After reading Christopher Gable's article in the Feb. 18 Mirror, I wasn't sure what he was trying to say.
One thing I came up with is that he thinks state liquor store employees are being paid more than they should be paid and more than they deserve. He implied other things, as well.
It seems Gable would like to see the state stores privatized so that the new owners can hire people at a lower wage. These state employees are also consumers and more importantly, taxpayers.
He asks why millions of consumers should be held hostage, financially speaking, by employees who serve them. This statement could be applied to every single branch of government.
Consumers/taxpayers are held hostage every single day by politicians who ride around in limos, who eat at expensive restaurants, who are provided excellent health care benefits and enjoy a healthy retirement, all thanks to consumers, otherwise known as taxpayers.
Do the consumers/taxpayers footing the bill ride around in limos, eat at expensive restaurants? No. Most of them have little or no health care and certainly do not have the retirement package our politicians receive.
Gable states that competition is the friend of all consumers as it delivers the lowest prices for the greatest selection.
This may have been true at one time, but with the state of the present-day economy, competition is now used as a tool to lower wages.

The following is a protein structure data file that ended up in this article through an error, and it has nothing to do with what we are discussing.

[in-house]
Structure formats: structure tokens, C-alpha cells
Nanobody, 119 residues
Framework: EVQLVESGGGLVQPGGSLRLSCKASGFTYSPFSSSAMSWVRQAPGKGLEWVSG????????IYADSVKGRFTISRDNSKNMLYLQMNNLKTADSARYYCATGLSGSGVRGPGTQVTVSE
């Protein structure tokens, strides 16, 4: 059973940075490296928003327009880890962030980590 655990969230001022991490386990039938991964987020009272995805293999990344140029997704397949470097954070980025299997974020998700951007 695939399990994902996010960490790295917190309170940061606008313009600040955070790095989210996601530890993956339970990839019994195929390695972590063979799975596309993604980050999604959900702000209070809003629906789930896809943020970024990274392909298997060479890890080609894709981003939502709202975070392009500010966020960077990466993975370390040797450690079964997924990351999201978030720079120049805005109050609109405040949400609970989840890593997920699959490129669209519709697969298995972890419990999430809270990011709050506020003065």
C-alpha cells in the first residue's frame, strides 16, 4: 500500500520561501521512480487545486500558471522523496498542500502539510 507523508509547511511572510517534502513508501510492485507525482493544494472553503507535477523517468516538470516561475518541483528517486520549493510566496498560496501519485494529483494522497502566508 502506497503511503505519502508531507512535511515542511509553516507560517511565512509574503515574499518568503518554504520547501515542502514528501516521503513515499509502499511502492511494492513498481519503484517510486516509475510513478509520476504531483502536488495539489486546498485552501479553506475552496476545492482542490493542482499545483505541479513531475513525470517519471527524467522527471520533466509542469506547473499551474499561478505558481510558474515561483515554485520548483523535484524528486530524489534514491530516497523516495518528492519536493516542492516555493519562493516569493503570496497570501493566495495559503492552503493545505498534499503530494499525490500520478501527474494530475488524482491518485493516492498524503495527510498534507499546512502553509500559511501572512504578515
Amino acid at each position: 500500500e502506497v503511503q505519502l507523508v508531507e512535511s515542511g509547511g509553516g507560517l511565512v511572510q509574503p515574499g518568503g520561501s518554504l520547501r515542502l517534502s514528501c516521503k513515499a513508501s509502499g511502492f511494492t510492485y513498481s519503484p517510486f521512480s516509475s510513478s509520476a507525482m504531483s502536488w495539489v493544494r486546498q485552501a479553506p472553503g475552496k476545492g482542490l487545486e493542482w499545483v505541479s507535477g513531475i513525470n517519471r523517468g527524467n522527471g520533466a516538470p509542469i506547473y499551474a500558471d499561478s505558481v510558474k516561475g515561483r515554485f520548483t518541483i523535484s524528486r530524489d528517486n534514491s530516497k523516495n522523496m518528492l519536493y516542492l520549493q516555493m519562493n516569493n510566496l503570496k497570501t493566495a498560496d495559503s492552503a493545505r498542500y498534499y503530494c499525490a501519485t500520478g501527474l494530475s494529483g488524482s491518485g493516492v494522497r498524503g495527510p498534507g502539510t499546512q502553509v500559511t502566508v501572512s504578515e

There are too few jobs and too many people looking for work so employers can keep wages as low as possible, knowing that someone will take the job out of desperation.
Why single out liquor store clerks? These positions are not exactly the highest paid in state government.
If Gable favors privatization, why not just say so?
Private owners will pay less wages, leaving their employees (otherwise known as consumers) less money to buy with. And no doubt, these private owners will offer part-time employment so they won't have to provide benefits. So the only ones to benefit from this privatization would be the owners/investors, as usual.
If you are a prosperous business owner or an investor, you probably agree with Gable. However, as a senior citizen living on a fixed income, the view from where I sit is vastly different.
I'm not sure what his agenda is, but I doubt his concern for consumers plays a part.
Elizabeth K. Shade